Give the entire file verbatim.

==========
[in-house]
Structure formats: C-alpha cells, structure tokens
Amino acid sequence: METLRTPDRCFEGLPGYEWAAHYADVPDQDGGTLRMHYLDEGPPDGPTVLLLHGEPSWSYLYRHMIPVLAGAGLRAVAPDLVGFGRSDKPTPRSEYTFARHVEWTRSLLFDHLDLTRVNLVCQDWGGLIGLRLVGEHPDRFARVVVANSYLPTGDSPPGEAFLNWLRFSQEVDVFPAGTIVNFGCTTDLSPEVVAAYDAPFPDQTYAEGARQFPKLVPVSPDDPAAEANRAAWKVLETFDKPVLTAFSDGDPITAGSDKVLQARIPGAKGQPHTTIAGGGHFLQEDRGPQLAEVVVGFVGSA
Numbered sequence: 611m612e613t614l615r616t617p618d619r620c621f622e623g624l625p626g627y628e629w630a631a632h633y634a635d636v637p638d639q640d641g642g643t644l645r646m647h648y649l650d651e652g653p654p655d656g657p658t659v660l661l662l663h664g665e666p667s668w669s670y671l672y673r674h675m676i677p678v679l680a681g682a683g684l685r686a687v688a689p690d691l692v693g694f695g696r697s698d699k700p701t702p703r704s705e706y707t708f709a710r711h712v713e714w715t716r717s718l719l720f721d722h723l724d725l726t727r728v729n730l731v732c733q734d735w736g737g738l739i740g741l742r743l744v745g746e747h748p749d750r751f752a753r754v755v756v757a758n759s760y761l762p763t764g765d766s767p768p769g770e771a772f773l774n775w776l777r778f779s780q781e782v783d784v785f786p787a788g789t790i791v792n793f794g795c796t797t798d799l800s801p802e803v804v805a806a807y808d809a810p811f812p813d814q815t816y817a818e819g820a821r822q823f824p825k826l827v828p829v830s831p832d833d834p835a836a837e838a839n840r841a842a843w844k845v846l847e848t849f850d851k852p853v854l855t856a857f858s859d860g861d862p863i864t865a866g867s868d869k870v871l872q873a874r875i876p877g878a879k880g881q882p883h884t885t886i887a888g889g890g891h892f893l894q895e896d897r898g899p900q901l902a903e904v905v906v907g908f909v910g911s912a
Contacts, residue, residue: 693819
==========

[in-house]
Structure formats: C-alpha cells, structure tokens
Amino acid sequence: METLRTPDRCFEGLPGYEWAAHYADVPDQDGGTLRMHYLDEGPPDGPTVLLLHGEPSWSYLYRHMIPVLAGAGLRAVAPDLVGFGRSDKPTPRSEYTFARHVEWTRSLLFDHLDLTRVNLVCQDWGGLIGLRLVGEHPDRFARVVVANSYLPTGDSPPGEAFLNWLRFSQEVDVFPAGTIVNFGCTTDLSPEVVAAYDAPFPDQTYAEGARQFPKLVPVSPDDPAAEANRAAWKVLETFDKPVLTAFSDGDPITAGSDKVLQARIPGAKGQPHTTIAGGGHFLQEDRGPQLAEVVVGFVGSA
Numbered sequence: 611m612e613t614l615r616t617p618d619r620c621f622e623g624l625p626g627y628e629w630a631a632h633y634a635d636v637p638d639q640d641g642g643t644l645r646m647h648y649l650d651e652g653p654p655d656g657p658t659v660l661l662l663h664g665e666p667s668w669s670y671l672y673r674h675m676i677p678v679l680a681g682a683g684l685r686a687v688a689p690d691l692v693g694f695g696r697s698d699k700p701t702p703r704s705e706y707t708f709a710r711h712v713e714w715t716r717s718l719l720f721d722h723l724d725l726t727r728v729n730l731v732c733q734d735w736g737g738l739i740g741l742r743l744v745g746e747h748p749d750r751f752a753r754v755v756v757a758n759s760y761l762p763t764g765d766s767p768p769g770e771a772f773l774n775w776l777r778f779s780q781e782v783d784v785f786p787a788g789t790i791v792n793f794g795c796t797t798d799l800s801p802e803v804v805a806a807y808d809a810p811f812p813d814q815t816y817a818e819g820a821r822q823f824p825k826l827v828p829v830s831p832d833d834p835a836a837e838a839n840r841a842a843w844k845v846l847e848t849f850d851k852p853v854l855t856a857f858s859d860g861d862p863i864t865a866g867s868d869k870v871l872q873a874r875i876p877g878a879k880g881q882p883h884t885t886i887a888g889g890g891h892f893l894q895e896d897r898g899p900q901l902a903e904v905v906v907g908f909v910g911s912a
Contacts, residue, residue: 693819